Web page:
Ms. Amy Sanford
Recaro North America, Inc.
4120 Luella Lane
Auburn Hills, MI 48326
Dear Ms. Sanford:
This responds to your letter requesting an interpretation of S188.8.131.52 of Federal Motor Vehicle Safety Standard (FMVSS) No. 213, Child Restraint Systems, with regard to an infant carrier that you would like to bring to the U.S. market. We regret to inform you that we cannot interpret the standard in the manner you suggest.
According to your letter, your infant seat incorporates an adjustable back rest with an integral harness. The child restraint enables the consumer to adjust (raise) the restraints shoulder harness by a lever mechanism to adjust to a growing child without having to remove the harness from the seat back. When the shoulder harness is raised by the lever, the infant seat back is also raised. When the seat back is adjusted to the lowest position, it has a height of 410 millimeters (mm). You state that when it is raised to the full up position, the seat back is at least 500 mm.
S5.2.1 of FMVSS No. 213 specifies requirements for the minimum head support surface for child restraints other than car beds. S184.108.40.206 requires each child restraint to provide restraint against rearward movement of the head of the child (rearward in relation to the child) by means of a continuous seat back of a specified height. For child restraints recommended by their manufacturer for use by children of not more than 18 kilograms (40 pounds), S220.127.116.11(a) specifies that the height of the portion of the seat back providing head restraint must not be less than 500 mm.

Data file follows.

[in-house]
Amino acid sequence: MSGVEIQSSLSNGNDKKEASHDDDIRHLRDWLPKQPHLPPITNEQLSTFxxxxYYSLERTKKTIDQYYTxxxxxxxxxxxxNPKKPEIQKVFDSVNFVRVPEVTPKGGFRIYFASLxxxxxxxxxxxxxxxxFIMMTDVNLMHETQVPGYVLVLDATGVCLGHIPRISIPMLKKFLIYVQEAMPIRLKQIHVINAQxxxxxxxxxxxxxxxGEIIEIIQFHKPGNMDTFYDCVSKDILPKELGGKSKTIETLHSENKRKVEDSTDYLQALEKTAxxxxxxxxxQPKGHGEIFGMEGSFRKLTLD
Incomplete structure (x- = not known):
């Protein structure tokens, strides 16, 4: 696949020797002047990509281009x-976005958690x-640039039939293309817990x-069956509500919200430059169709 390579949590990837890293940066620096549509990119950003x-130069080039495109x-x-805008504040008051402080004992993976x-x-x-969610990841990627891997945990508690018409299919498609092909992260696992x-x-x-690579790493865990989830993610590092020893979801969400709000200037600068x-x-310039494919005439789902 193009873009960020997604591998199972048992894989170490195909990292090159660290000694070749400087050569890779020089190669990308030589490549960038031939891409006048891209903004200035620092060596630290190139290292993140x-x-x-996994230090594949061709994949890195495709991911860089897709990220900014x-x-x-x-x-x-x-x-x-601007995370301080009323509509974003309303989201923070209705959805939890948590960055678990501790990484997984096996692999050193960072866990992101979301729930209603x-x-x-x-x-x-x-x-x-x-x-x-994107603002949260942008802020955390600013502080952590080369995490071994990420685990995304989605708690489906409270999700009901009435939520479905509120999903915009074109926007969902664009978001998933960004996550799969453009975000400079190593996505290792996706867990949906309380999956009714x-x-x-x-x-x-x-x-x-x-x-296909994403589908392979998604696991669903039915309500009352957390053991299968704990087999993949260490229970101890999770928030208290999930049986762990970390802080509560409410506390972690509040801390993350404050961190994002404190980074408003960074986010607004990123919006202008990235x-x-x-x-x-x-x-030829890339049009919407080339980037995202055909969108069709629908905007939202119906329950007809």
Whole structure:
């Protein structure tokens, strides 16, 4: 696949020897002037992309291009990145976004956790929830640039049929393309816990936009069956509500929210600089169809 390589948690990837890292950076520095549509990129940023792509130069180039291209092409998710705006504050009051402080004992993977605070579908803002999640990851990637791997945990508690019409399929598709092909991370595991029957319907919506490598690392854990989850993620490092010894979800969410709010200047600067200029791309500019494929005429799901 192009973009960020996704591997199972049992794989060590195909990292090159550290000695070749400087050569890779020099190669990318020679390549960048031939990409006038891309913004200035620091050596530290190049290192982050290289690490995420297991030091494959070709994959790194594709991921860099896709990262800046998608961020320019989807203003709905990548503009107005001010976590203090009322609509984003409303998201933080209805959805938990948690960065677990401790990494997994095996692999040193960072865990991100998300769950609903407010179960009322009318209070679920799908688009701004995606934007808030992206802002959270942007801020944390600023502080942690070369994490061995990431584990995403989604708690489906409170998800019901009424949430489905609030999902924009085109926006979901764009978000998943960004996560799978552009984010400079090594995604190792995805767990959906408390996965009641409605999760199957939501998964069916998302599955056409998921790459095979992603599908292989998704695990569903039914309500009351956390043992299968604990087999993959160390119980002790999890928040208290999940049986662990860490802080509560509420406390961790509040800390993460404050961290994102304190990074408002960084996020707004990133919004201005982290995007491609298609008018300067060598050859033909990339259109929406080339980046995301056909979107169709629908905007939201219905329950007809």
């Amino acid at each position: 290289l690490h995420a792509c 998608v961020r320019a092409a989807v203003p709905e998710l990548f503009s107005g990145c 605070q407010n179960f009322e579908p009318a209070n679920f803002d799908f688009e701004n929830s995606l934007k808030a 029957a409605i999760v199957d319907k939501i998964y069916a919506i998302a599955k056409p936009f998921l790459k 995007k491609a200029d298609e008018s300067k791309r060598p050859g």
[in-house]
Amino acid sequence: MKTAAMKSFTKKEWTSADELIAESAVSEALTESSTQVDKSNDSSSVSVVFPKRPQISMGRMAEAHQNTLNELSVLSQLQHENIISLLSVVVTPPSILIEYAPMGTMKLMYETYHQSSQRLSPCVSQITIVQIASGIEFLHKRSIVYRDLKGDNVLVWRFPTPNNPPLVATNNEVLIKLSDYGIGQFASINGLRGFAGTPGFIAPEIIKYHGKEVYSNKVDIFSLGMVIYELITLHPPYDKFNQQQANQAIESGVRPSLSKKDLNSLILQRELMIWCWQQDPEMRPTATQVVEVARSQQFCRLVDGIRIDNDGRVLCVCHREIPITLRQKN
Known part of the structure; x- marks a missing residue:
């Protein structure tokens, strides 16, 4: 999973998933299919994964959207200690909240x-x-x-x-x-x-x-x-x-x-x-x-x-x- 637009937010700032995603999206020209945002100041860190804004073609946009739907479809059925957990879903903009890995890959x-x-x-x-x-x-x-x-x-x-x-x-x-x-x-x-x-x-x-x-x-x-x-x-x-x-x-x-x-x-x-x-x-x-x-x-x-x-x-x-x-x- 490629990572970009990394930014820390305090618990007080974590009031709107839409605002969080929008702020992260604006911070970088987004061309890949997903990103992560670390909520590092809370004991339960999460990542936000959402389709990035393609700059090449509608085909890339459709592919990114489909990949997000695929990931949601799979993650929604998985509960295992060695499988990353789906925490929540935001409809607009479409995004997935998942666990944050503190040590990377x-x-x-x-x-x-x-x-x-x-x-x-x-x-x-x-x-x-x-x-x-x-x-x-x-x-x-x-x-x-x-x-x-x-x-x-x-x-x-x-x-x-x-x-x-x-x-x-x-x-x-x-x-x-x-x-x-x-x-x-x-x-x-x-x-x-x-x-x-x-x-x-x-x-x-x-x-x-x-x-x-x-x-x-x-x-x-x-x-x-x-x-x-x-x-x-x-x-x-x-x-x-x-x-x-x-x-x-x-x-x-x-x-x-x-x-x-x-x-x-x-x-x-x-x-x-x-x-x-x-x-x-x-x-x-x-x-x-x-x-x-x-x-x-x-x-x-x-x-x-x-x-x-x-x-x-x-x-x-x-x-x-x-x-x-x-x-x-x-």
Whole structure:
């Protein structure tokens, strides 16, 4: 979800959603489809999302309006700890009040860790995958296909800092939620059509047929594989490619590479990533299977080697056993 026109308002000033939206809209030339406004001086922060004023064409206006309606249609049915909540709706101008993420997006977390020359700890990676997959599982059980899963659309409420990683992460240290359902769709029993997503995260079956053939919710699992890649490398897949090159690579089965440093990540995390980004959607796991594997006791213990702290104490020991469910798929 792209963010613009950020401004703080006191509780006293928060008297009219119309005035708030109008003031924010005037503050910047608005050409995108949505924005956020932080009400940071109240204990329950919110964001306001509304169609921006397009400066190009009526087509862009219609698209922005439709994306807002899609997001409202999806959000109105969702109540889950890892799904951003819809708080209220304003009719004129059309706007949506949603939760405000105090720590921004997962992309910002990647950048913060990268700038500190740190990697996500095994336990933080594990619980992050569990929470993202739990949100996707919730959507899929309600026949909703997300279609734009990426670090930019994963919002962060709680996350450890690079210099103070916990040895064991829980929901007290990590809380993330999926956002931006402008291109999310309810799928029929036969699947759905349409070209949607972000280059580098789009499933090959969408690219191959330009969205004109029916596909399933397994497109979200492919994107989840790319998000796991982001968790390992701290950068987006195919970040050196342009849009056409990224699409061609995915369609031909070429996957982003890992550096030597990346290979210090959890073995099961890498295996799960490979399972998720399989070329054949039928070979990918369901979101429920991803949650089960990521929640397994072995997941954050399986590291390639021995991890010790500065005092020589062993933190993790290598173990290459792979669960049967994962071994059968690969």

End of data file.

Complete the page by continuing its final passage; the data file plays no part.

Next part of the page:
From the information you provided, it appears your restraint does not meet S18.104.22.168(a) of the standard. In the lowest adjustment position, the seat back height is 410 mm, which is less than the minimum height requirement of 500 mm. The requirement does not provide for adjustable seat backs. We note that your restraint requires action on the part of the consumer to raise the seat back height. There is a risk that consumers who neglect to raise the harness straps (and thus raise the seat back) or who attempt to raise the straps but do so incorrectly could use the child restraint with the seat back at the 410 mm height with older infants. In short, we cannot interpret S5.2.1 as permitting a seat back height of less than 500 mm.
I hope this information is helpful. If you have any further questions, please contact Deirdre Fujita of my staff at (202) 366-2992.
Anthony M. Cooke